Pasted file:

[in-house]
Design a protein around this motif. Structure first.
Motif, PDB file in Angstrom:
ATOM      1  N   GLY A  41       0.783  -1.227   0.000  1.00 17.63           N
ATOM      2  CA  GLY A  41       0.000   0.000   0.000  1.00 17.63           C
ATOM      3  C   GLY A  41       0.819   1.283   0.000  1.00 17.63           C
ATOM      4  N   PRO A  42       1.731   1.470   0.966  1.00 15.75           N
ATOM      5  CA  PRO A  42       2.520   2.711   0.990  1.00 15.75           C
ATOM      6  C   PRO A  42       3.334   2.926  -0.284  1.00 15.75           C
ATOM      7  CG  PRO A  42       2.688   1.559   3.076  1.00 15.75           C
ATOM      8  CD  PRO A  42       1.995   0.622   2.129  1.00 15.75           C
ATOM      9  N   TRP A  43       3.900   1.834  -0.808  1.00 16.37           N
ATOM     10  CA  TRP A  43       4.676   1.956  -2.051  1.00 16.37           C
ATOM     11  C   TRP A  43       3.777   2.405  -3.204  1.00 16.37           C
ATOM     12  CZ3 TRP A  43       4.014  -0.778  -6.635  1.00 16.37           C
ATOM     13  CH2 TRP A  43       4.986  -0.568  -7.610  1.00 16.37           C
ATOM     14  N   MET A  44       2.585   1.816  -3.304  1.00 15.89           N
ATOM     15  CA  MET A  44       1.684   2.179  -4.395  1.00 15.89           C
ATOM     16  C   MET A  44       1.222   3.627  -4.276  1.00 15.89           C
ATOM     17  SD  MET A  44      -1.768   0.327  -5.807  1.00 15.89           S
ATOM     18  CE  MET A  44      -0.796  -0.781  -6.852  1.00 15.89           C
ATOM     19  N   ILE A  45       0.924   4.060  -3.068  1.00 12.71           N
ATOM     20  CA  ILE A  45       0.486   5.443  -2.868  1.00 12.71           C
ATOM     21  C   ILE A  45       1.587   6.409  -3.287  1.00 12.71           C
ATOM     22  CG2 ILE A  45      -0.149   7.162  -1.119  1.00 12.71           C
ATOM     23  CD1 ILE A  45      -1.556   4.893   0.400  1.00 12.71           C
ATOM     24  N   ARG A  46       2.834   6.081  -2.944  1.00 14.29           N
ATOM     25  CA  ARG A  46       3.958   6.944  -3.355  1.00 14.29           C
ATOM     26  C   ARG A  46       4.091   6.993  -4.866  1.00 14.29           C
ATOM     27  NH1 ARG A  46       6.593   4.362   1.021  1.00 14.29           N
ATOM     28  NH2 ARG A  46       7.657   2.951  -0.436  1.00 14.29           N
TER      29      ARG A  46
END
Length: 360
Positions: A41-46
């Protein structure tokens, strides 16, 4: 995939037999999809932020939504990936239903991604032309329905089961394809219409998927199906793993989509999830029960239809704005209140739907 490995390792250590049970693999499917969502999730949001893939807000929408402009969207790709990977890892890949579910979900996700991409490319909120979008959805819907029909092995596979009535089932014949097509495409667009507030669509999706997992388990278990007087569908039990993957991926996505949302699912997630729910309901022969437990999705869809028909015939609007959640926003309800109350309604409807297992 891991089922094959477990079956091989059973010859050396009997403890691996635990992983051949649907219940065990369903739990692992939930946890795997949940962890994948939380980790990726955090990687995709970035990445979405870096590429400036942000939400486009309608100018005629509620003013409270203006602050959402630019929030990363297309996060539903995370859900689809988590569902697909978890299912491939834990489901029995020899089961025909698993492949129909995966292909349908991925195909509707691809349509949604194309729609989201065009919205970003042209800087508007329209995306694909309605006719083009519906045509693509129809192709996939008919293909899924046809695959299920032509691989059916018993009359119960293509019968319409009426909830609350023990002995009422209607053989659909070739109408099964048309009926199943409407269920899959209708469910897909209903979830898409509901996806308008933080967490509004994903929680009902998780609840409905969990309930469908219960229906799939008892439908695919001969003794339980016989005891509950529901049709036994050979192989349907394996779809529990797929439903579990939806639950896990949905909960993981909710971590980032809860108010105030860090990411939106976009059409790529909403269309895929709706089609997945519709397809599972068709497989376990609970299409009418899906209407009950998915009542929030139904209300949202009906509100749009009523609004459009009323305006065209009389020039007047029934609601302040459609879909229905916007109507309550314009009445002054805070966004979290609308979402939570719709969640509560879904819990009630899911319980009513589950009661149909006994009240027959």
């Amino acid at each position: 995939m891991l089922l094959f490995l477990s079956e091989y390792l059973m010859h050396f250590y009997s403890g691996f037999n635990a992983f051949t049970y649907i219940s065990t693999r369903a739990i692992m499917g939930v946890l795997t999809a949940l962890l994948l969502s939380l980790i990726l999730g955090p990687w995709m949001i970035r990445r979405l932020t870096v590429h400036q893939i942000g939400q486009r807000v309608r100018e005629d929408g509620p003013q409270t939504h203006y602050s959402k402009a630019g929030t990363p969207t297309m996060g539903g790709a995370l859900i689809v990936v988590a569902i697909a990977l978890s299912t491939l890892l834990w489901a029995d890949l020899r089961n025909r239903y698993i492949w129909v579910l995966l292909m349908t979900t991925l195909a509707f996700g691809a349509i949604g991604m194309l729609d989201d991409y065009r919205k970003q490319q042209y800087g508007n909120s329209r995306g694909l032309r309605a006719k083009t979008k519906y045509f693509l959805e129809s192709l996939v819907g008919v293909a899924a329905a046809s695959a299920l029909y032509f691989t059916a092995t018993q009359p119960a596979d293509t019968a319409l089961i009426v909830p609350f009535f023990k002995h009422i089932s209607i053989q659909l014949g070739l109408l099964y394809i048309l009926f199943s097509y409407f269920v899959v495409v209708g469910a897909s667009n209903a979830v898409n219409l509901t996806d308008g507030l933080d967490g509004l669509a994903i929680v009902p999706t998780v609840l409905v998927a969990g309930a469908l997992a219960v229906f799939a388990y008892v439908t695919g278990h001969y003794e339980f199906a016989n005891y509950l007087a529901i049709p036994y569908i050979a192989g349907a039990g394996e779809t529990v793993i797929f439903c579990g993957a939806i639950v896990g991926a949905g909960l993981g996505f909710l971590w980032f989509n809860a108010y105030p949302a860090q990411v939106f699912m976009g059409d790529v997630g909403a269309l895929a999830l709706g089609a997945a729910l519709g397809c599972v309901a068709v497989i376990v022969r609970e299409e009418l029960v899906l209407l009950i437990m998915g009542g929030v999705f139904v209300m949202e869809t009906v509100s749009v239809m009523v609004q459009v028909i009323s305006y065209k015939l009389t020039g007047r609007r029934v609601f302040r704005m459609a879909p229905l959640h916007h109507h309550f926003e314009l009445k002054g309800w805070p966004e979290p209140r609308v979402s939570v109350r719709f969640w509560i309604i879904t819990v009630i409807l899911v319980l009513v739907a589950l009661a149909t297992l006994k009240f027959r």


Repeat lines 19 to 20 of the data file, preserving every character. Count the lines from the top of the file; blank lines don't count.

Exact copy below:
ATOM     16  C   MET A  44       1.222   3.627  -4.276  1.00 15.89           C
ATOM     17  SD  MET A  44      -1.768   0.327  -5.807  1.00 15.89           S